A recent study pegged the debt of state and local government pension plans at $4.7 trillion. If politicians and voters fail to adopt reforms, younger people will be stuck paying off a massive and growing debt they did not create or approve.
State and local government workers receive generous defined-benefit pensions that guarantee specific monthly payments to retirees for life. In theory, these pensions are paid for by investing contributions from government agencies and their employees, and using the proceeds to pay the promised benefits after employees retire.
In reality, pension officials and politicians have increased benefit payouts and lowballed contributions. As a result, they now have inadequate funds to pay the promised benefits. This “unfunded pension liability” puts taxpayers on the hook to make up the difference between promises and assets.
New York and Illinois each have unfunded pension debts north of $300 billion. Texas, Ohio and New Jersey exceed $200 billion apiece. But nowhere is the problem worse than in California, underfunded by $550 billion to $750 billion, depending on the discount rate used to calculate liabilities.
Most states and localities are not doing enough to pay off this debt quickly. From 2001 through 2013, 64% of government pension plans failed to contribute enough money to pay off their debts even over a span of 30 years.
The unwillingness to properly manage pension plans pushes the cost onto younger people and future generations, and forces them to pay for promises they did not make and for services they did not approve. Older generations receive public services without paying the full cost. The injustice and immorality of using millennials as piggy banks should be apparent to all but the willfully blind.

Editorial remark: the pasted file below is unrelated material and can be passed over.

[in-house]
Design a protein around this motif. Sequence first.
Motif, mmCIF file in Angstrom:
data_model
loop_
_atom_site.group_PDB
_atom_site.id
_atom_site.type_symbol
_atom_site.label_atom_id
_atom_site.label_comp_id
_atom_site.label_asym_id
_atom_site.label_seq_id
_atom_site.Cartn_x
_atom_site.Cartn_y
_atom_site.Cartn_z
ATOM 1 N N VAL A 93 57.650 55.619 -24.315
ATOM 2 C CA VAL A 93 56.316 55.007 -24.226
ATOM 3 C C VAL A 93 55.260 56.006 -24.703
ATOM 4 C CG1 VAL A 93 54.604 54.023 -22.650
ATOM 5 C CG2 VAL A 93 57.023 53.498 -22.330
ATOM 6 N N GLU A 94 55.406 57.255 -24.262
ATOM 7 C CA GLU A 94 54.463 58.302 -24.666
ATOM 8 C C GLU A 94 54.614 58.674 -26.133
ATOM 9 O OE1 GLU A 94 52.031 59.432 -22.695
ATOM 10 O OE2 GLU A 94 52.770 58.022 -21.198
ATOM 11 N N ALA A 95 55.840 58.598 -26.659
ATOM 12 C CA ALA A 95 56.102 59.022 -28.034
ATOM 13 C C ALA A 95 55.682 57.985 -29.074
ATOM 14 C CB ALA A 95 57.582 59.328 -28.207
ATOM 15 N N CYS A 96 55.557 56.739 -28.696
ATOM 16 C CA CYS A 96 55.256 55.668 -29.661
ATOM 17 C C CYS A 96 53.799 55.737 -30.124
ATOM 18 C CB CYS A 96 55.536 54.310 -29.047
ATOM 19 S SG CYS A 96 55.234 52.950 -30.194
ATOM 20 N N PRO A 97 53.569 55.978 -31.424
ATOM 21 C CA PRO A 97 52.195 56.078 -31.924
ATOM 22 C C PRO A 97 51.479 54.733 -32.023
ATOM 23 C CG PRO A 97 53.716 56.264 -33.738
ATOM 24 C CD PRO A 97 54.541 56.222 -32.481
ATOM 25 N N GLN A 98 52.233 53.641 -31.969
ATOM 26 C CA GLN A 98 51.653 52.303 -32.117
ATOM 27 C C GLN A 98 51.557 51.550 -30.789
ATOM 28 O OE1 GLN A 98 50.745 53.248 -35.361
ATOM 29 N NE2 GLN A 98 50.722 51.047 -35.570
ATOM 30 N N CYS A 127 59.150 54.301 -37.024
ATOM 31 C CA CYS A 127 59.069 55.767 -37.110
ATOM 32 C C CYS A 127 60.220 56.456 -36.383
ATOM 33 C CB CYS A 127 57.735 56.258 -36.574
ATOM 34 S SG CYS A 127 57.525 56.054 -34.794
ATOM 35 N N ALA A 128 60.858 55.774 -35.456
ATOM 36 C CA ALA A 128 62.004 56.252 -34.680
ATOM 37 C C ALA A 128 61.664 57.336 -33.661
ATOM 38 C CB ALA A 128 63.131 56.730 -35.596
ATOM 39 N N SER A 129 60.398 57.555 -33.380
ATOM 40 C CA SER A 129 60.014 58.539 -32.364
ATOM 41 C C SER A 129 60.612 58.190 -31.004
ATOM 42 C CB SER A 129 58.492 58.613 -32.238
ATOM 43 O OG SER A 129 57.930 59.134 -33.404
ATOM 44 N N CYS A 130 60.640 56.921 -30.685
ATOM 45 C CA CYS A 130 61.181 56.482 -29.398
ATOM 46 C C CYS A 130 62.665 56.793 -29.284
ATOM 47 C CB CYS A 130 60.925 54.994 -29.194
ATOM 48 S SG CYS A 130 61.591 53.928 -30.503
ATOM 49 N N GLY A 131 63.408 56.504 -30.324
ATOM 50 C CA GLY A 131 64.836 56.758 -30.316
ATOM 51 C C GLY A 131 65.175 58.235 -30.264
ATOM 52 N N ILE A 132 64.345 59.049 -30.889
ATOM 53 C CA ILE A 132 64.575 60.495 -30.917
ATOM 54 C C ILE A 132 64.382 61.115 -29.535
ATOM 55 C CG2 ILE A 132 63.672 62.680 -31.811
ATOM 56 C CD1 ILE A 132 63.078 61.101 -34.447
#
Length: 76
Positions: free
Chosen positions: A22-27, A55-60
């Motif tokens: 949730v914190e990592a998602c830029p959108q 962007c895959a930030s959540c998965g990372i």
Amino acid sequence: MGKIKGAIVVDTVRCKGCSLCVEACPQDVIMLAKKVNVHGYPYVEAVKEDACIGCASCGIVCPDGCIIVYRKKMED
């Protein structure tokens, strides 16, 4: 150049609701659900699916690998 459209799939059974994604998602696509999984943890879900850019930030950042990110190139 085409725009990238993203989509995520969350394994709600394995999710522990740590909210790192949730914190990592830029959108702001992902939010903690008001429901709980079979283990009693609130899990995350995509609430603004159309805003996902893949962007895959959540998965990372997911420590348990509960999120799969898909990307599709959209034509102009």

Left unchanged, the pension burden will crush younger generations and deplete their future. The responsibility to fix this problem is as great as any moral imperative because it directly impacts the quality of life future generations will enjoy and their chances for upward mobility.
Today’s growing pension debt exceeds $20,000 per person in California, Illinois, New Jersey, Ohio and many other states. The University of California’s Board of Regents recently voted to increase student tuition up to 25% over the next five years to bail out the mismanaged pension system that covers retired UC employees.
Public pension funds should not be balanced on the backs of students or younger Americans. Fortunately, a handful of reforms would solve the pension crisis in a way that preserves pension benefits already earned, provides competitive pensions going forward, and grants needed flexibility so that future generations are not paying for deals they did not make.
The changes would require financial transparency and full annual funding of each pension plan without issuing “pension obligation bonds.” Unfunded liabilities should be paid off quickly in 15 to 20 years, as recommended by the Society of Actuaries, to minimize shifting the burden onto future generations.
State and local governments should also gain the flexibility to switch to 401(k)-type pension plans going forward for all employees. And voters should be required to pre-approve any pension-plan change that increases financial obligations.
In California, former San Jose Mayor Chuck Reed, a Democrat, is now leading an effort to craft a statewide pension-reform ballot measure for 2016. One needed change is to grant state and local governments the option of adjusting pension benefits for all employees on a go-forward basis, including a switch to 401(k)-type plans, which are more affordable, always fully funded, and limit long-term costs.
Traditional defined-benefit pensions made more sense under the old “hire-and-retire” model when workers stayed with the same employer for 30 to 40 years. Today, 401(k) plans make more sense for modern workers, who change jobs more frequently.
These common-sense reforms can save future generations from paying for promises they did not make. It’s time for politicians and voters to step up and fix this immoral national scourge.
Mr. McQuillan is also author of the new book “California Dreaming: Lessons on How to Resolve America’s Public Pension Crisis.”